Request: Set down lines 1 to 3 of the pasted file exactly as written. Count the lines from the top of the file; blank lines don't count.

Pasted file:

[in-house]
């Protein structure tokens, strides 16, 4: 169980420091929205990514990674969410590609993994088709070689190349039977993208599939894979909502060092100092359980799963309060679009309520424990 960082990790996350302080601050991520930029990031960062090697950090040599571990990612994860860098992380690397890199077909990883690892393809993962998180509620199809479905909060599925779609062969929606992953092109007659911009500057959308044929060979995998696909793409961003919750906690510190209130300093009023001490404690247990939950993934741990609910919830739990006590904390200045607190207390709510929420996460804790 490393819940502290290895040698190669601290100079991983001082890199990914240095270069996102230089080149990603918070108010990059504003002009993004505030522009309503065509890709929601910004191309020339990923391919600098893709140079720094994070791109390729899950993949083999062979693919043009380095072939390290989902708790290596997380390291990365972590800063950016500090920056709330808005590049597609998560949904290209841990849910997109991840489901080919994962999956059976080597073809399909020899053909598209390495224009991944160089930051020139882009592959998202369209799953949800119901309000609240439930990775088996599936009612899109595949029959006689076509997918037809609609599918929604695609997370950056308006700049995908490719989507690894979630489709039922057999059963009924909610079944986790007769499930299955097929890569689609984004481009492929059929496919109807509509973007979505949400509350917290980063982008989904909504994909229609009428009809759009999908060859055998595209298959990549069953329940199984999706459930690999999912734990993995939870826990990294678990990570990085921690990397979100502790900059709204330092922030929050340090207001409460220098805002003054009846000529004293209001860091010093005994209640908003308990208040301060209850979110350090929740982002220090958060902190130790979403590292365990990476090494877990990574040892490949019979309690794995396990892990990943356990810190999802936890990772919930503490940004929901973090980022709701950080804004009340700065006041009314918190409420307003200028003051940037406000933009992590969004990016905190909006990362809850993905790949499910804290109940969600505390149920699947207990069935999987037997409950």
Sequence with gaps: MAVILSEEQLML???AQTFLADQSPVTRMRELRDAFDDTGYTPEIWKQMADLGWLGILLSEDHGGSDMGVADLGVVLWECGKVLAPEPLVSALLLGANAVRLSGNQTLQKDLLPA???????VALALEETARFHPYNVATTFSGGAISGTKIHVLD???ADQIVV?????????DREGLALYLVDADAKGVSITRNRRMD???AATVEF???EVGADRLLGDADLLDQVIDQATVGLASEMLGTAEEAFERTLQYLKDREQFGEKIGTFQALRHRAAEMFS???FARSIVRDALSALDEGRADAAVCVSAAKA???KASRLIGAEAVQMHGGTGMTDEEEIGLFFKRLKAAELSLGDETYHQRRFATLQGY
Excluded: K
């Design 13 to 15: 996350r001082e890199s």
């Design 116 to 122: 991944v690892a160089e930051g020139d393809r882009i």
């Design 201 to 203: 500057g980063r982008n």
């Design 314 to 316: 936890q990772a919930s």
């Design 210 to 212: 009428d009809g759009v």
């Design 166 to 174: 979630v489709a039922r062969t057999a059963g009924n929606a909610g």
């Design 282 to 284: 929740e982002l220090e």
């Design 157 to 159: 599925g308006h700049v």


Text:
[in-house]
């Protein structure tokens, strides 16, 4: 169980420091929205990514990674969410590609993994088709070689190349039977993208599939894979909502060092100092359980799963309060679009309520424990 960082990790996350302080601050991520930029990031960062090697950090040599571990990612994860860098992380690397890199077909990883690892393809993962998180509620199809479905909060599925779609062969929606992953092109007659911009500057959308044929060979995998696909793409961003919750906690510190209130300093009023001490404690247990939950993934741990609910919830739990006590904390200045607190207390709510929420996460804790 490393819940502290290895040698190669601290100079991983001082890199990914240095270069996102230089080149990603918070108010990059504003002009993004505030522009309503065509890709929601910004191309020339990923391919600098893709140079720094994070791109390729899950993949083999062979693919043009380095072939390290989902708790290596997380390291990365972590800063950016500090920056709330808005590049597609998560949904290209841990849910997109991840489901080919994962999956059976080597073809399909020899053909598209390495224009991944160089930051020139882009592959998202369209799953949800119901309000609240439930990775088996599936009612899109595949029959006689076509997918037809609609599918929604695609997370950056308006700049995908490719989507690894979630489709039922057999059963009924909610079944986790007769499930299955097929890569689609984004481009492929059929496919109807509509973007979505949400509350917290980063982008989904909504994909229609009428009809759009999908060859055998595209298959990549069953329940199984999706459930690999999912734990993995939870826990990294678990990570990085921690990397979100502790900059709204330092922030929050340090207001409460220098805002003054009846000529004293209001860091010093005994209640908003308990208040301060209850979110350090929740982002220090958060902190130790979403590292365990990476090494877990990574040892490949019979309690794995396990892990990943356990810190999802936890990772919930503490940004929901973090980022709701950080804004009340700065006041009314918190409420307003200028003051940037406000933009992590969004990016905190909006990362809850993905790949499910804290109940969600505390149920699947207990069935999987037997409950």
Sequence with gaps: MAVILSEEQLML???AQTFLADQSPVTRMRELRDAFDDTGYTPEIWKQMADLGWLGILLSEDHGGSDMGVADLGVVLWECGKVLAPEPLVSALLLGANAVRLSGNQTLQKDLLPA???????VALALEETARFHPYNVATTFSGGAISGTKIHVLD???ADQIVV?????????DREGLALYLVDADAKGVSITRNRRMD???AATVEF???EVGADRLLGDADLLDQVIDQATVGLASEMLGTAEEAFERTLQYLKDREQFGEKIGTFQALRHRAAEMFS???FARSIVRDALSALDEGRADAAVCVSAAKA???KASRLIGAEAVQMHGGTGMTDEEEIGLFFKRLKAAELSLGDETYHQRRFATLQGY